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Eye on the Scene

Local CD Review
Zed, e.p.

Just when you thought it was safe to go back into clubland, along comes Zed, bringing a legacy of their own heavy rock experience to create a modern sound. The hard rockin' foursome features two former members (guitarist/vocalist Todd Ethridge and hair swinging axe mauler Mark Inocco) of Oak Ridge's late, lamented Sandbox and none other than drummer Jay Martin, formerly of prototype Oak Ridge metal maniacs Hard Knox. These three are aided by Chuck Getsi on bass.

Zed's debut five-song e.p. showcases all of the band's formidable strength, merging heavy guitars with a pop sensibility. Having Ethridge on lead vocals, the comparison to Sandbox is obvious. But the band members have a few new tricks up their collective sleeves as well. Songs like "Ode to Zed" and "Wake Up" would do just fine in the modern rock radio format—and saying the band has commercial appeal is by no means an insult. The songs just instantly stick in your head as all good hard rock should. The sound of Zed would be excellent music to accompany a Saturday night Camaro cruise (sober, of course).

The band is a relative newcomer on the local scene, but they're already packing 'em in at dives like Moose's and The Prince. And fear not: they still draw a healthy crowd of butt-shaking, mini-skirted babes. Jeff Spiccoli would be proud. Really, it's great to see a band playing heavy music that's still fun. I've had it with the manufactured angst of the Korn/Slipknot set that is virtually inescapable these days.

Better Late...

Well, the first round misfired, but Knoxville party maniac and Cock Rock Hour DJ Derek Senter is back with a rescheduled 1827 Reunion & Band Bash on two nights this weekend. Senter had originally planned one evening of rock to honor the late, lamented party house at 1827 Highland Avenue for the beginning of May. But the ducks (read: bands) refused to get in a nice tidy row, as rumor would have it, and so the bash was scraped.

But never fear, it's back and bigger than planned. One night was just not enough time for the star-studded local lineup, so Senter and company decided to prolong the revelry into two marathon sessions, June 16 and 17, beginning at 8 p.m. both nights. The shows will be held at 6 Emory Place, a warehouse space off Broadway near the Old City.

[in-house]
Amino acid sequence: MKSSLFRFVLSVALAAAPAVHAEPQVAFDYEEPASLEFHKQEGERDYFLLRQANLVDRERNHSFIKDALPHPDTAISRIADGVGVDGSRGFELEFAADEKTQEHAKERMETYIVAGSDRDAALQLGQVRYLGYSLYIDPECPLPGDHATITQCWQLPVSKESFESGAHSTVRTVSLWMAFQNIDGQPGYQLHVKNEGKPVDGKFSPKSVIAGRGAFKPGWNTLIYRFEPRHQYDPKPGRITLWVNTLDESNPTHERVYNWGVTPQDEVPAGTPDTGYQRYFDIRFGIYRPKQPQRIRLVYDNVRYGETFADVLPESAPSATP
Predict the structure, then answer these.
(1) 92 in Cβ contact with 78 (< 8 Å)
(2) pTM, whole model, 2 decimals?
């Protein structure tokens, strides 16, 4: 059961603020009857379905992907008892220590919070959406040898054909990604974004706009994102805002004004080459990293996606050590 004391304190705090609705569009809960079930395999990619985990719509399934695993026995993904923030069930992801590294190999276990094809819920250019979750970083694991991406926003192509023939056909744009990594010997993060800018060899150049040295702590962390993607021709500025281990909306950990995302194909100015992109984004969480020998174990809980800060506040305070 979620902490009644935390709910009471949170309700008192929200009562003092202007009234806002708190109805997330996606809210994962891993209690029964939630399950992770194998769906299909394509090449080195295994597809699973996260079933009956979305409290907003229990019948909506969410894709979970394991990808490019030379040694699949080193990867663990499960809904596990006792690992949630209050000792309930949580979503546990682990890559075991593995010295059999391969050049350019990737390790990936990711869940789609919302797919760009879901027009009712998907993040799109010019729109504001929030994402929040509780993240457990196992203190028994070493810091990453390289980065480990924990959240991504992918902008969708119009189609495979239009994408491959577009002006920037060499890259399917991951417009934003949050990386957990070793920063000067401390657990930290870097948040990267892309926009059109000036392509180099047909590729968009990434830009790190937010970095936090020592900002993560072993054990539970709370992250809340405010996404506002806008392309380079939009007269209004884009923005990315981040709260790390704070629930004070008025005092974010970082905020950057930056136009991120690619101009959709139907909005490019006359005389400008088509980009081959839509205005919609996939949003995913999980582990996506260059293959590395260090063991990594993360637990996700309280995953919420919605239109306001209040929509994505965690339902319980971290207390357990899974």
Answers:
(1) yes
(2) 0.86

The Friday night show boasts an all-star lineup of Geisha, 30 Amp Fuse (tentative), Ramblin' Roy, Skeyebone, The Lovejoys, The French Broads, and Willis. And if that ain't enough, Saturday features The Shine, The Drawbacks, Kid Snack, Ape Life, Mustard, Shaken Babies, Nug Jug, and Pegasi 51. Be ready for one hella hangover come Sunday morning. I'd suggest a fistful of aspirin, a barf bag by the bed, and a premixed pitcher of bloody marys in the fridge, just in case. One can never be too careful.

Happy Trails Part II

Local actor, writer, and all around stage fixture Sam Ward (Inherit the Wind, Alice in Wonderland, Zoo Story) and his wife Anna recently bid adieu to Knoxville prior to their departure for New York City. Hosted by Anna's mother Claudia McCorkle and Brian McMillan, the farewell party was held at Claudia's posh Sequoyah Hills dwelling known as the Villa Nicholas. A wide variety of guests were seen at the party, which was not limited to one segment of the Knoxville scene. Harmonica player and Macdaddies frontman Michael Crawley and his wife Gretchen, Bijou artistic director Scott McBride, professor and director Don Thomas, photographer Christian Lange, local musicians Forrest and Graham McCorkle, Dr. Steven Smith, actor Donald Thorne (October Sky), and local actor Steve Louis (Ten Little Indians, M*A*S*H) were just a few seen at the party. Guests reminisced and partied until 2 a.m. Sam and Anna already have jobs in Manhattan, and of course, Sam will be pursuing his acting career while soaking up all the excitement of the big city. Knoxville theatre folk will miss his studied characterizations and ebullient sense of humor.


Thursday: Louise Mosrie at Java (Homberg). Mosrie's lush voice and intriguing lyrics provide a rich soundscape for your caffeinated reveries.

Friday: Jacqui and the Tumble Kings at Manhattan's. Every day is a party when JATTK country-rocks the town.

Saturday: Evil Twin andthe Helldoradoes at Longbranch. You should do something scary at least once a week. These freaks (and I mean that in the nicest possible way) should keep you all goosebumpy well into next year.

Sunday: Orchestra Morphine at Moose's Music Hall. The above music story should convince you that this show will be something truly unique and tuneful.

Monday: Ponder the phrase "quality control."

Tuesday: Funk 4 Ya Mind at Lava Lounge. Feet don't fail me now.

Wednesday: Short Bus at The Spot. It's a tradition. Heck, ten thousand sorority sisters can't be wrong!

—Zippy "Sans Pith" McDuff

June 15, 2000 * Vol. 10, No. 24
© 2000 Metro Pulse